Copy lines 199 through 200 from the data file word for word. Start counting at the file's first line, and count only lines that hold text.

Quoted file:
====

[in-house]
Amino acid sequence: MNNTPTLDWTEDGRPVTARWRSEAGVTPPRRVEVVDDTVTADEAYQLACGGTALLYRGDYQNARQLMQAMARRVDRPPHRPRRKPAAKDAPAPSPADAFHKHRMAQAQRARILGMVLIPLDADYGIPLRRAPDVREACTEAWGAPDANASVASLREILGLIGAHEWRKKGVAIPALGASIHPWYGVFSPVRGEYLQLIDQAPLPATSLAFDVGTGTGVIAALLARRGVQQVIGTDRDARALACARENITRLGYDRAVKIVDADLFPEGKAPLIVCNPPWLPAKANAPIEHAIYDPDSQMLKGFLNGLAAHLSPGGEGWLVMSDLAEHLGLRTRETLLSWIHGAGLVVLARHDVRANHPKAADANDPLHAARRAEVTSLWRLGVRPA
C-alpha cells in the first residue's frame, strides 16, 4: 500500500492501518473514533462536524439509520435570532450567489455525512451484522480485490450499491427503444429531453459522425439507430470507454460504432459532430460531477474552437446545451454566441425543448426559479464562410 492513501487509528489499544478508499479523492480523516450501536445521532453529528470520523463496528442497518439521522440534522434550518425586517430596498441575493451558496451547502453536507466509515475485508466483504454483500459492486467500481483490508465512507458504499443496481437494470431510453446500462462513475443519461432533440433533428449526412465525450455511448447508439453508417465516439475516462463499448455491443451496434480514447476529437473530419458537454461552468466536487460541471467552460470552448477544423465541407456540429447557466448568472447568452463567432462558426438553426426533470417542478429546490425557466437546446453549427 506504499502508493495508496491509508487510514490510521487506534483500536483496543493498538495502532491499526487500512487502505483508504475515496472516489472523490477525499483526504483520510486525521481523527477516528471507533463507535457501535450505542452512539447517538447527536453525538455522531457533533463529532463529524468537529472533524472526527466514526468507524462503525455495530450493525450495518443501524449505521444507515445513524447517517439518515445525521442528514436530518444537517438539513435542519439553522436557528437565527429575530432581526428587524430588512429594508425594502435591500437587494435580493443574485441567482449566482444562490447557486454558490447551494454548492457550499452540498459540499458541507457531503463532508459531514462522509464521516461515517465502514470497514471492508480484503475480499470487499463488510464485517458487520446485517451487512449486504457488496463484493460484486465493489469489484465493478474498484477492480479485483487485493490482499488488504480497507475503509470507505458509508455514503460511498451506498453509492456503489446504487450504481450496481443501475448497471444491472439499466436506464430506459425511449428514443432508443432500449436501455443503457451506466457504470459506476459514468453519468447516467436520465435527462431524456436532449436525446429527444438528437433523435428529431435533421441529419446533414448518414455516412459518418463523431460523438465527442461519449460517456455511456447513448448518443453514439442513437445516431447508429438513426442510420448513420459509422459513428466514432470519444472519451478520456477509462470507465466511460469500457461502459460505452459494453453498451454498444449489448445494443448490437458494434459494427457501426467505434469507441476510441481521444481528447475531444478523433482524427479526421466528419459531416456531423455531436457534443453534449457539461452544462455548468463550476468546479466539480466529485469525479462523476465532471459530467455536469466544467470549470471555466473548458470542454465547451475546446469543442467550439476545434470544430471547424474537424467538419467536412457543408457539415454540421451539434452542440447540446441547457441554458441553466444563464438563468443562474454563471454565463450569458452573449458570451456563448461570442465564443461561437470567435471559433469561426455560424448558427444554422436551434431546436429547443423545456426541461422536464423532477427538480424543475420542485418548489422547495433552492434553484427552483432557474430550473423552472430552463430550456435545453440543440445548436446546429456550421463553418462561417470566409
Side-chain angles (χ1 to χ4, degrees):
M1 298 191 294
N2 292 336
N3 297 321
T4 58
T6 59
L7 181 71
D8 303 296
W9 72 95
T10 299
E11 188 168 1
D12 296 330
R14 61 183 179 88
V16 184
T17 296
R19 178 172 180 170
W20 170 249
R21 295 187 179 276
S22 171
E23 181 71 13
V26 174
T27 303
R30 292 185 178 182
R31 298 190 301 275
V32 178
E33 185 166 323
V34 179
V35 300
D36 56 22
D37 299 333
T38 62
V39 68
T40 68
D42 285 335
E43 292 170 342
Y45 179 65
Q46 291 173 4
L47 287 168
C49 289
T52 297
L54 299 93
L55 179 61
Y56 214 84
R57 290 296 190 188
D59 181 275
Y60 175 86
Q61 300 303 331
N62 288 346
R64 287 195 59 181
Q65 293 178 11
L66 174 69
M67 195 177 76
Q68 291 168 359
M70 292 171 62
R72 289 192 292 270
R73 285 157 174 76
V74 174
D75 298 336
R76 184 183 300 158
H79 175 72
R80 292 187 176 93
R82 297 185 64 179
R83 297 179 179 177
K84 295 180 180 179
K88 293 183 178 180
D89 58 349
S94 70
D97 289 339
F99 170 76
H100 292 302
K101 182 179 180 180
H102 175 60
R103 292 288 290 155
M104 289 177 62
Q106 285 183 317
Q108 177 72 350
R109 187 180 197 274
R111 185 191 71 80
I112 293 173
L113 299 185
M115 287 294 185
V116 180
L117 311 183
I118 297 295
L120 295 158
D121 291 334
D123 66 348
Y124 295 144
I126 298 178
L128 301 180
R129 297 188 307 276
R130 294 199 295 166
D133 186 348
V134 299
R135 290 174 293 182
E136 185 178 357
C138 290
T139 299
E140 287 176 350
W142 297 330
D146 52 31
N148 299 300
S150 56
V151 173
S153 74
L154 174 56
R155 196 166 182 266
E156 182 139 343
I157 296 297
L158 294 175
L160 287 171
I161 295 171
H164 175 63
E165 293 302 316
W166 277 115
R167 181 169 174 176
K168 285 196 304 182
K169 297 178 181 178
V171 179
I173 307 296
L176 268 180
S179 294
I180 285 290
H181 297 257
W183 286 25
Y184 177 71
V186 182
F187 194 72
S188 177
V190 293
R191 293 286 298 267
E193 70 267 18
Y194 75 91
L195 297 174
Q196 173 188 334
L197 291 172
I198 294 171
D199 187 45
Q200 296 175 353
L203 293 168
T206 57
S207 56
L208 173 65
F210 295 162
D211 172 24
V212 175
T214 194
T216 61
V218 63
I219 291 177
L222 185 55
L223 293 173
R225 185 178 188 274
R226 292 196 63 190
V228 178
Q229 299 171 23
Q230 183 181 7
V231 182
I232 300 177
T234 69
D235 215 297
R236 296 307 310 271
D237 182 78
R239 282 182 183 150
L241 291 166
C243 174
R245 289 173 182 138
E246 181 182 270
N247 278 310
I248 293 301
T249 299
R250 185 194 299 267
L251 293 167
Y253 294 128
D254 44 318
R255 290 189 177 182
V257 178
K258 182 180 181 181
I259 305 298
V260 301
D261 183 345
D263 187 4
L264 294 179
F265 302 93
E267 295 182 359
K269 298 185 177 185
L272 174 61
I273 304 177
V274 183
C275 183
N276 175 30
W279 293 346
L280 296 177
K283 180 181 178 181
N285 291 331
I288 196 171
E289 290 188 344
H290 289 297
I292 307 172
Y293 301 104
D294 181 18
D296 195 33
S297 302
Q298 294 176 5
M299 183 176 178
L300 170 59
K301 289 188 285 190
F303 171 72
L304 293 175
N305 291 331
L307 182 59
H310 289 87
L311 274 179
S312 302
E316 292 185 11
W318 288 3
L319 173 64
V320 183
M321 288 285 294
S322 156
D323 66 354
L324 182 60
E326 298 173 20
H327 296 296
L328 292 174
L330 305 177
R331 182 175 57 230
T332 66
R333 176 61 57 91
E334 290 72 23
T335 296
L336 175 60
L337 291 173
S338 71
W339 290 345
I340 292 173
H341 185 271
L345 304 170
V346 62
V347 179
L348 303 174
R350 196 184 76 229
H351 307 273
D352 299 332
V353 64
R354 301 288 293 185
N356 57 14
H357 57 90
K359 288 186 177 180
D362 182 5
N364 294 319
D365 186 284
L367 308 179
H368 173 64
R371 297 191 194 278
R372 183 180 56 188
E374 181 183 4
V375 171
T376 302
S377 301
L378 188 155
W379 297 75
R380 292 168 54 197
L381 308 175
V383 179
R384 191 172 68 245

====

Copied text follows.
I288 196 171
E289 290 188 344